The California Department of Motor Vehicles approved autonomous vehicle deployment permits for GM-backed Cruise and Alphabet’s Waymo on Thursday. It allows the companies to charge a fee and receive compensation for autonomous services offered to the public, such as ride-hailing, in certain areas.
The companies still need approval from the California Public Utilities Commission, according to the California DMV, but it means the companies are one step closer to providing services to the general public outside of a testing program.
Both companies have been testing fleets of autonomous vehicles in California with permits that allow for free driverless rides to passengers in test vehicles.
Under the new authorization, Cruise vehicles can operate on public roads in designated parts of San Francisco between 10 p.m. and 6 a.m., including in light rain or light fog, but cannot exceed 30 miles per hour, the department said. Waymo can operate its fleet in parts of San Francisco and San Mateo counties at or below 65 mph, including in the rain or light fog.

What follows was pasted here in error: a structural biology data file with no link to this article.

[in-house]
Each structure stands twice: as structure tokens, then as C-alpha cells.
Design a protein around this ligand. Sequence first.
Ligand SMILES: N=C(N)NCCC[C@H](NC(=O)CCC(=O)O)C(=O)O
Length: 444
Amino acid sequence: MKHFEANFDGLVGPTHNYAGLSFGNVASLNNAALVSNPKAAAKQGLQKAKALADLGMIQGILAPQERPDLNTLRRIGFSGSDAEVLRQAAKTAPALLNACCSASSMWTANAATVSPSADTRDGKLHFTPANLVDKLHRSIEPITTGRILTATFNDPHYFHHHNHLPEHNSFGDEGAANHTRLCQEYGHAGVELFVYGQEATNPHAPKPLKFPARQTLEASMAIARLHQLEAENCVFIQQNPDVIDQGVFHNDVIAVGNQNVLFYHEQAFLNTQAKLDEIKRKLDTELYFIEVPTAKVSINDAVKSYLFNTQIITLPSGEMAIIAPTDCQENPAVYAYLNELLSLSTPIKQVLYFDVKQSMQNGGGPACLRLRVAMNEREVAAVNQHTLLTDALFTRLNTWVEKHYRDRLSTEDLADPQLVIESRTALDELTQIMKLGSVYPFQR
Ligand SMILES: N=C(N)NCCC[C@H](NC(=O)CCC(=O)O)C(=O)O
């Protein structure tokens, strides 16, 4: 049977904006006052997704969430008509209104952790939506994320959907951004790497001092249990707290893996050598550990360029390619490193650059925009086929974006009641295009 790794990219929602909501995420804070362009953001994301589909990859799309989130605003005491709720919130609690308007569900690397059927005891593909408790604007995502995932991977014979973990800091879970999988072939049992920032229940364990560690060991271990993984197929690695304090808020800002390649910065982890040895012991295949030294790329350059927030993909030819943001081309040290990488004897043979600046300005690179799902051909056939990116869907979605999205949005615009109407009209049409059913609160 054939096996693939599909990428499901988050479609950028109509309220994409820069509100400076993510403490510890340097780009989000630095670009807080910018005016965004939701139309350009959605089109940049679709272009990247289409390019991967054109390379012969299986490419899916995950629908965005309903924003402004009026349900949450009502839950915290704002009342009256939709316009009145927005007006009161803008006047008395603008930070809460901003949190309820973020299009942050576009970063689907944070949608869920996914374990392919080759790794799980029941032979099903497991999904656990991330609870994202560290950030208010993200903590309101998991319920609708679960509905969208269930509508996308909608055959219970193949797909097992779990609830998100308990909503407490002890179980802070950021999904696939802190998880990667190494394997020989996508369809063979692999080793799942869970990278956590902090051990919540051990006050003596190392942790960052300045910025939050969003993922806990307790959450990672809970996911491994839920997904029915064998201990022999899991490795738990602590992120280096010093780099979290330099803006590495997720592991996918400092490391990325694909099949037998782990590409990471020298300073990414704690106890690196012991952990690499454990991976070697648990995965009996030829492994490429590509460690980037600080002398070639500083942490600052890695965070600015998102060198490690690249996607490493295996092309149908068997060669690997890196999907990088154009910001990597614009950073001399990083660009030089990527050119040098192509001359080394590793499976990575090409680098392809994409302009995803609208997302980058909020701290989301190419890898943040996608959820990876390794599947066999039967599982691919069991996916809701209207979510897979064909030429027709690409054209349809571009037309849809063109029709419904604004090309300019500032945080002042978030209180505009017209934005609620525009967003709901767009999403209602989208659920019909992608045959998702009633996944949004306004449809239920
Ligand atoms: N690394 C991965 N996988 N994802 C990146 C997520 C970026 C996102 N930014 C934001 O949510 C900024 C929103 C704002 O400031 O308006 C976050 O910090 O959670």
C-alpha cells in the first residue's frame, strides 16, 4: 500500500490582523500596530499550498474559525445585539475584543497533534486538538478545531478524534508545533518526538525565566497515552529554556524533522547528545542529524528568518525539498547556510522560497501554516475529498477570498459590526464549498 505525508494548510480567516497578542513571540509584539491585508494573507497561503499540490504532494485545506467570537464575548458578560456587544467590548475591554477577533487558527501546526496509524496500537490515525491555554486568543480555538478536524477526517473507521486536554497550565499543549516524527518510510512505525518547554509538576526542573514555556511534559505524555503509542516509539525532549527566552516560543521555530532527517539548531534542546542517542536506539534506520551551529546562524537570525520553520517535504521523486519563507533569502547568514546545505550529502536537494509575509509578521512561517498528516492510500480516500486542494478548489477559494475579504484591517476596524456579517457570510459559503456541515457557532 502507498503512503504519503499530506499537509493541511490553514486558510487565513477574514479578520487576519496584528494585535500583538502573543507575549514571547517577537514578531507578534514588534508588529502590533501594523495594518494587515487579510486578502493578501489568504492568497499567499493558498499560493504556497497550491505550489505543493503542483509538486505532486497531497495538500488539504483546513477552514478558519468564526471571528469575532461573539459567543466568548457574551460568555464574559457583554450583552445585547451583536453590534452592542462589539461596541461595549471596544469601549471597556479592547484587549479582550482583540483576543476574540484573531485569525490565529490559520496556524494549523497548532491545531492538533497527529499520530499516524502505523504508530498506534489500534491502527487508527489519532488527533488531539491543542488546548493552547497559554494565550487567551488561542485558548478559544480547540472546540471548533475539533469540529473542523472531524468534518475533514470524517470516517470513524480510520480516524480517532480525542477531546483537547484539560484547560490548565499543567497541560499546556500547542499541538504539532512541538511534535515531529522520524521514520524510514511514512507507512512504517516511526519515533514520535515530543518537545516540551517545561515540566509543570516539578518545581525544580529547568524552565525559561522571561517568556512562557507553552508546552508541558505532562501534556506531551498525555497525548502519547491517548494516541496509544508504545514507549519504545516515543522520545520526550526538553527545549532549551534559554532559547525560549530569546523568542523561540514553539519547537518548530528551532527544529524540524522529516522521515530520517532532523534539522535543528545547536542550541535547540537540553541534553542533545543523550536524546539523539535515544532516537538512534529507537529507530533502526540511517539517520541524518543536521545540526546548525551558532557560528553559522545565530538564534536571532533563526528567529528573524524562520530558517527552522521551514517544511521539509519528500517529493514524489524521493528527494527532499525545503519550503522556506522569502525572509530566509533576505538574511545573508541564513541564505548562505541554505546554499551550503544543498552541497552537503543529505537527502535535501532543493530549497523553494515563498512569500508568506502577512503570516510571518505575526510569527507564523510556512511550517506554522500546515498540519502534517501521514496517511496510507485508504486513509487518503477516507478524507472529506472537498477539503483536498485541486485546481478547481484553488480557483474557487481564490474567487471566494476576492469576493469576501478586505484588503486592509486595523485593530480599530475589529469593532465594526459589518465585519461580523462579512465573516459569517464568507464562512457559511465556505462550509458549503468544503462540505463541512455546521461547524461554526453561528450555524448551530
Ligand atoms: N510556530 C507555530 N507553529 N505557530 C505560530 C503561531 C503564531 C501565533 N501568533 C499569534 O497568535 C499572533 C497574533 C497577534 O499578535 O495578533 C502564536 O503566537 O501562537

Commercializing autonomous vehicles has been far more challenging than many predicted even a few years ago, but Waymo and Cruise are considered to be two of the frontrunners.
In May, both Waymo and Cruise applied for permits to begin charging for rides and delivery. Cruise applied to not have a safety driver present, while Waymo applied to have a safety driver, Reuters reported.
In June, Cruise earned a permit enabling it to offer driverless rides to passengers in test vehicles in California. Waymo opened self-driving car testing to some San Francisco residents through a program dubbed “Trusted Tester” last month.
Since acquiring Cruise in 2016, GM has brought on investors such as Honda Motor, SoftBank Vision Fund, and, more recently, Walmart and Microsoft.
“Today’s approval from the California DMV makes Cruise the first autonomous ride-hail company to receive a driverless deployment permit in the state. It brings us one step closer to achieving our mission to make transportation safer, better, and more affordable in cities with our fleet of all-electric, self-driving and shared vehicles,” Rob Grant, Cruise senior vice president of government affairs and social impact, said in an emailed statement to CNBC.
In December 2020, Nuro became the first autonomous vehicle developer to receive a permit to run commercial deliveries with retail partners.